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News Release

California Department of Food and Agriculture

Media Contacts: CDFA Public Affairs, (916) 654-0462,

California Department of Food and Agriculture
Release #19-009
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First step is questionnaires arriving this week in farmers’ mailboxes

SACRAMENTO, February 21, 2019 - Beginning this week, thousands of California produce farmers will receive a letter from CDFA containing important information about on-farm food safety inspections that will begin this spring for a number of fruit, nut and vegetable farms in the state. A questionnaire seeking background information about farms is included in the mailing and will be utilized to help coordinate inspections.  
The inspections are part of the Food Safety Modernization Act, or FSMA. Since the law was passed, the U. S. Food and Drug Administration (FDA) has been working with states across the U.S. to assist them in performing on-farm inspections. These inspections are set to begin at some produce farms in California.
In April, CDFA’s newly-established Produce Safety Program is scheduled to begin inspections on behalf of the FDA as a means of verifying that produce farms in California are following food safety regulations for produce under FSMA.
“The Produce Safety Program’s core value is to educate, then regulate,” said Natalie Krout-Greenberg, director of CDFA’s Inspection Services Division, which is overseeing the program. “Our role is to ensure California produce farmers know how to comply with the requirements of the Produce Safety Rule, and then to regulate farms to ensure they are compliant.”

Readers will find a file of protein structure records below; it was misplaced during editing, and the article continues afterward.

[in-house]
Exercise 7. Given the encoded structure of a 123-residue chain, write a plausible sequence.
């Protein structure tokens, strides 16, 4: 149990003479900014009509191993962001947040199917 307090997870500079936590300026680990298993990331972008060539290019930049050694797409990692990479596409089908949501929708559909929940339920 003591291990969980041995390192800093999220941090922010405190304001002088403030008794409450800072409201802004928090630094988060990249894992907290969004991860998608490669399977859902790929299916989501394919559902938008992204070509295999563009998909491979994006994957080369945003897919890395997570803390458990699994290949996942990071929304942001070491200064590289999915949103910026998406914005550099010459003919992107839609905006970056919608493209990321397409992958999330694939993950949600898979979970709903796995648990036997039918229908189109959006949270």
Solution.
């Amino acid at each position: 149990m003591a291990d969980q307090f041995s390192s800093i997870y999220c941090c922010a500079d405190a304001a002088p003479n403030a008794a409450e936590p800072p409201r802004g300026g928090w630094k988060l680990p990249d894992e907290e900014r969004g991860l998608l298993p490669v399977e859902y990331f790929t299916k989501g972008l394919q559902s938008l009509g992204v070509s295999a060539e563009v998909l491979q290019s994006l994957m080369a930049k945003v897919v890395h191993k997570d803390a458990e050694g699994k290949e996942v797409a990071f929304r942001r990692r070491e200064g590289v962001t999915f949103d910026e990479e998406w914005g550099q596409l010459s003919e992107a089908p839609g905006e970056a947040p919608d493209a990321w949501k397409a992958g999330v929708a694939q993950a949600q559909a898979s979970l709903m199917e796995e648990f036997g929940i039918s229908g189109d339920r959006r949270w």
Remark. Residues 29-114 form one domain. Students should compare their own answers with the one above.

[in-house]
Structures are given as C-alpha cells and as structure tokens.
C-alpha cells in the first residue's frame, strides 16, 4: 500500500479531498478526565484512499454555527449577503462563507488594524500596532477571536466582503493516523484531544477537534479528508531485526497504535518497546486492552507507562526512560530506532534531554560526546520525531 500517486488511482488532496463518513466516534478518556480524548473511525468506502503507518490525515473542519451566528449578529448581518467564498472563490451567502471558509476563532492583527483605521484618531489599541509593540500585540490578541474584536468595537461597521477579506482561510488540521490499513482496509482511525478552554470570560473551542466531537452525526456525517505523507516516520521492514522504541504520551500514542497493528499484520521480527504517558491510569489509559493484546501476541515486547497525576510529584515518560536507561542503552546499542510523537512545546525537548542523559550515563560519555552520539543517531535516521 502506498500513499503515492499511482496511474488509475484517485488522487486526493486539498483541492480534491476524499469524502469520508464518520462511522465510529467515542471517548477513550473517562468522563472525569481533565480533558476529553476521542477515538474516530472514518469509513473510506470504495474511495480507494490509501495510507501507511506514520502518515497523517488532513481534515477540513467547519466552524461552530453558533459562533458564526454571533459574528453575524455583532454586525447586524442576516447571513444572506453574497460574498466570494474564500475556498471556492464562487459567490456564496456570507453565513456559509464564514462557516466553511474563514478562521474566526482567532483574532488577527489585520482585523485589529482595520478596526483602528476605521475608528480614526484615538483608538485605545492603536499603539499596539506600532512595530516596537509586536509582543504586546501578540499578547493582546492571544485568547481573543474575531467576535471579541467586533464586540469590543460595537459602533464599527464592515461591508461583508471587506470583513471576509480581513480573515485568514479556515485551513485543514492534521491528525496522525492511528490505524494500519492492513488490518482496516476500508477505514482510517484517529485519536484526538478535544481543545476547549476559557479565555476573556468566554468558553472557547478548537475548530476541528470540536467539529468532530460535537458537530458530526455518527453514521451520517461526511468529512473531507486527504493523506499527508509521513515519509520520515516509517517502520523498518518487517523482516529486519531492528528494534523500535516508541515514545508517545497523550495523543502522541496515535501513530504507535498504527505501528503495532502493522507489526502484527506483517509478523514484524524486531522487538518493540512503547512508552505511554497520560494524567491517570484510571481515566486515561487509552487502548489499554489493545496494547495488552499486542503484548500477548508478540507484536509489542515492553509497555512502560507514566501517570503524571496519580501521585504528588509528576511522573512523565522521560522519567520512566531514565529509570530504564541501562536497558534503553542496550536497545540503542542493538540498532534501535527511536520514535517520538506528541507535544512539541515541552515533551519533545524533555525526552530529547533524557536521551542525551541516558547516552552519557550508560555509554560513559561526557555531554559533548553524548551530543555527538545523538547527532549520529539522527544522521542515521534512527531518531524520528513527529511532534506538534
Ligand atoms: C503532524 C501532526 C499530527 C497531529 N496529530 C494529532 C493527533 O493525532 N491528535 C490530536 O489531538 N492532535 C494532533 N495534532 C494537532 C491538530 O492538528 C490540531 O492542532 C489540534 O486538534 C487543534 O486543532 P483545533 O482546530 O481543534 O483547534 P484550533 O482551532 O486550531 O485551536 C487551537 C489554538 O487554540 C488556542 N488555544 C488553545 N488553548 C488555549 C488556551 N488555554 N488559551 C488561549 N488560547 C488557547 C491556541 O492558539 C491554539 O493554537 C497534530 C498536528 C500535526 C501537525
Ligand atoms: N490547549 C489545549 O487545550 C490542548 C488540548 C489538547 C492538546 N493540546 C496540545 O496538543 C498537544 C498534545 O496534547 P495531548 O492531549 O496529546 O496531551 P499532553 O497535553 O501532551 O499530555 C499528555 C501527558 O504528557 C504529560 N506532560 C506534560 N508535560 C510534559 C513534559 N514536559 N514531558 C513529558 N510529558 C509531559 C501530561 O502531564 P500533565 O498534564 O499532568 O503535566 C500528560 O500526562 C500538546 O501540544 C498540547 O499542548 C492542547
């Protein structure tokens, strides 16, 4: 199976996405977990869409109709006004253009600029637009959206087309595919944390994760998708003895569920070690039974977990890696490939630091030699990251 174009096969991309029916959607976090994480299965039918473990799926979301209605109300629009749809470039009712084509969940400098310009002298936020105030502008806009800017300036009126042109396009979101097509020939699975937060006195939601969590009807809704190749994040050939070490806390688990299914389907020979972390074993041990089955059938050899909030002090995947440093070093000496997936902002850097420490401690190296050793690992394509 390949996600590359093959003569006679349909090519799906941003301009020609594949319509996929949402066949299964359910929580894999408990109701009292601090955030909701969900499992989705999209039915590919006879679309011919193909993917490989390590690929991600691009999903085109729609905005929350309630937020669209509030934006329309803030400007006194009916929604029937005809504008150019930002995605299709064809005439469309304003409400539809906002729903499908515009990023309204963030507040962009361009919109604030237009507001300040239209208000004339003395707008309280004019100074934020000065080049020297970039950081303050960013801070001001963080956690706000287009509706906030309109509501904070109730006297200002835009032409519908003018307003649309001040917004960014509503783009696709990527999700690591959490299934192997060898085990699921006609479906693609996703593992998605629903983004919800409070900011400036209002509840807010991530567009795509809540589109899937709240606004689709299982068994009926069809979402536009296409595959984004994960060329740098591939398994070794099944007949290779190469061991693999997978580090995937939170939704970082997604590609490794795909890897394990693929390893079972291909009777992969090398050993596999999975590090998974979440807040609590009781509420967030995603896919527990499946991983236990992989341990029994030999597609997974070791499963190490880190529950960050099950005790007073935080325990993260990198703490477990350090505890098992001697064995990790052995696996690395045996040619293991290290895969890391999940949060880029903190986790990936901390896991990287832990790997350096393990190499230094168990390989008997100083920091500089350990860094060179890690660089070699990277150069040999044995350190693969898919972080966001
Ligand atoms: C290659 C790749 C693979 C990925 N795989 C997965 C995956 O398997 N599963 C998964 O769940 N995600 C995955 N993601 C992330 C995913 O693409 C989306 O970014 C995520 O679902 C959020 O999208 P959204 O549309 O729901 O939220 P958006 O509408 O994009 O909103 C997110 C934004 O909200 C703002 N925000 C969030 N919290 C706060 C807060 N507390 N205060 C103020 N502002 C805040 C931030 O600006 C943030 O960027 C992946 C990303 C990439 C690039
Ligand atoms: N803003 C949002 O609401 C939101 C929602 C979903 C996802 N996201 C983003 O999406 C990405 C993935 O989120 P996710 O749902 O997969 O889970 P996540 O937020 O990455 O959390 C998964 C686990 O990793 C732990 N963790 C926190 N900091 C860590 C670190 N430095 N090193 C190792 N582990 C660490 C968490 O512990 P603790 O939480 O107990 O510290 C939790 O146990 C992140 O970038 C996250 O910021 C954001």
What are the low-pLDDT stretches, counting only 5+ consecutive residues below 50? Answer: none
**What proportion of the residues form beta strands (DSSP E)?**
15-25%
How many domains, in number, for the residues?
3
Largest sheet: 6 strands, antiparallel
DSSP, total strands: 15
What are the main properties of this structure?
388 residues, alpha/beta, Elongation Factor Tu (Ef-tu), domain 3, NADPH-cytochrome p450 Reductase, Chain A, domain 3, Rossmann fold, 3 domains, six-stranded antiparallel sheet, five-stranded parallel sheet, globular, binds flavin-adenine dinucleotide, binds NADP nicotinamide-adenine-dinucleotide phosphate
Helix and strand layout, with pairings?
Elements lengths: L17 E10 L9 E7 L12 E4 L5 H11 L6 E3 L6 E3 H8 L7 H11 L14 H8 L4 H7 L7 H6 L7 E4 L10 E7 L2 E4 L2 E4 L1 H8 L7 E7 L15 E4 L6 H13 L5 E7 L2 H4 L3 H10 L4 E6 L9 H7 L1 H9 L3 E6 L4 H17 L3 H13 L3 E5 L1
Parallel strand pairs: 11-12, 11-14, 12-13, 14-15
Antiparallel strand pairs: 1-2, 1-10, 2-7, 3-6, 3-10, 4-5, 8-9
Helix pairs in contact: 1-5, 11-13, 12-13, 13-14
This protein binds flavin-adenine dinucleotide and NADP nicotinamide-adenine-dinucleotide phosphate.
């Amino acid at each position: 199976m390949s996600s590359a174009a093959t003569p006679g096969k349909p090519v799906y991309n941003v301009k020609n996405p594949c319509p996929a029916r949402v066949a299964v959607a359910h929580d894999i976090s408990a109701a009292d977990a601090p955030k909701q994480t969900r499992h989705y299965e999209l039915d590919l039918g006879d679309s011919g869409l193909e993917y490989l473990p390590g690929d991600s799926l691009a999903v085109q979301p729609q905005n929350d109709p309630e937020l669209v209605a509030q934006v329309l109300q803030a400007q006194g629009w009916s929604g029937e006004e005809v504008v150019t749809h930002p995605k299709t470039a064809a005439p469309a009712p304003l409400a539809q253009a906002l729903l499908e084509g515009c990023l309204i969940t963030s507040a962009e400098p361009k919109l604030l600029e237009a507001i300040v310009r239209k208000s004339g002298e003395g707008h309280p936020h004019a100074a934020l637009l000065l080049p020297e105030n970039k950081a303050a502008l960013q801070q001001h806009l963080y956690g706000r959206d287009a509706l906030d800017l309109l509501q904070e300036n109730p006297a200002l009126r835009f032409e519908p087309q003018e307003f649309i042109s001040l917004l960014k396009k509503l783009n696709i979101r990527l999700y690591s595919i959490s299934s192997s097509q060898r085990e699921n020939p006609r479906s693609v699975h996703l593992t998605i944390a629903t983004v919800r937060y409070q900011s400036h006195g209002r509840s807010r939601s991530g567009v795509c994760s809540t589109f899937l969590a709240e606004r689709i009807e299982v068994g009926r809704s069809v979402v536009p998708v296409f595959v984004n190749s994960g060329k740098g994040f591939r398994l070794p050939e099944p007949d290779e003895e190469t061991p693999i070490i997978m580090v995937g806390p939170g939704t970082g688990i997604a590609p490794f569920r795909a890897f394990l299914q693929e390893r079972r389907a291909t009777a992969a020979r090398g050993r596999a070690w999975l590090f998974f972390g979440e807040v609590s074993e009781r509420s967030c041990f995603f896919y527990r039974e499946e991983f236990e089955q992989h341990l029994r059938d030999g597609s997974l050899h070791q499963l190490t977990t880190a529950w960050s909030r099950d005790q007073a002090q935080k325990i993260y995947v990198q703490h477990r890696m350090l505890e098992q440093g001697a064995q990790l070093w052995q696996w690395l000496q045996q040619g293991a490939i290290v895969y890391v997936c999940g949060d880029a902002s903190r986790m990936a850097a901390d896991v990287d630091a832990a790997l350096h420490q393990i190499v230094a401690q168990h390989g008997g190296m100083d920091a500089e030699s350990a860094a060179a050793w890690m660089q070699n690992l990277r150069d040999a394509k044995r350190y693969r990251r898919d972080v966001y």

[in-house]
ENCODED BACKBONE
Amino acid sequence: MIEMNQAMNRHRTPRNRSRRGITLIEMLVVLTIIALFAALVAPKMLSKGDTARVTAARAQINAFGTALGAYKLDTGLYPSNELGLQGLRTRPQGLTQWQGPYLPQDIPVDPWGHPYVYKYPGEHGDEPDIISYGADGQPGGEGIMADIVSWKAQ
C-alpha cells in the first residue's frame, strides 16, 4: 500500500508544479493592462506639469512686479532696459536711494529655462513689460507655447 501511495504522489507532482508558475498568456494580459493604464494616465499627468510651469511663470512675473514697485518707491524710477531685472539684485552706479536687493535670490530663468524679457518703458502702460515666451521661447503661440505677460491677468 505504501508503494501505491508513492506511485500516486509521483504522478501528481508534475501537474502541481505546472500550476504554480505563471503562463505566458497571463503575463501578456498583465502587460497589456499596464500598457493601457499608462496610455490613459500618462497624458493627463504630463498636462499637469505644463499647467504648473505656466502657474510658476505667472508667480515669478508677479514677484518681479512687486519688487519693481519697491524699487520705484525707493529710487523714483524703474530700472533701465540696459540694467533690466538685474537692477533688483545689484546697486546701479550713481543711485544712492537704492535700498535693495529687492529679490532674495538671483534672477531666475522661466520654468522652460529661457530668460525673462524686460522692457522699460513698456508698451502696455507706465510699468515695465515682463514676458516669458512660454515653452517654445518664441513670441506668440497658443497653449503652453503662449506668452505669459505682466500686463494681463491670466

Of the produce farms identified in California, only large farms will be subject to inspections at first. Under the Produce Safety Rule, farms with $500,000 or more in average annual sales have been required to be compliant with the Produce Safety Rule since January 2018 and inspections to verify their compliance will begin this spring.
Small farms—those with annual sales of between $250,000 and $500,000—were required to be compliant beginning in January of this year but won’t be inspected until next year. Very small farms with sales between $25,000 and $250,000 are not required to comply until January of 2020.
Farmers are encouraged to visit the Produce Safety Program’s website for information and assistance to better understand the program requirements.


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California Department of Food and Agriculture Office of Public Affairs
1220 N St., Ste. 214, Sacramento, CA 95814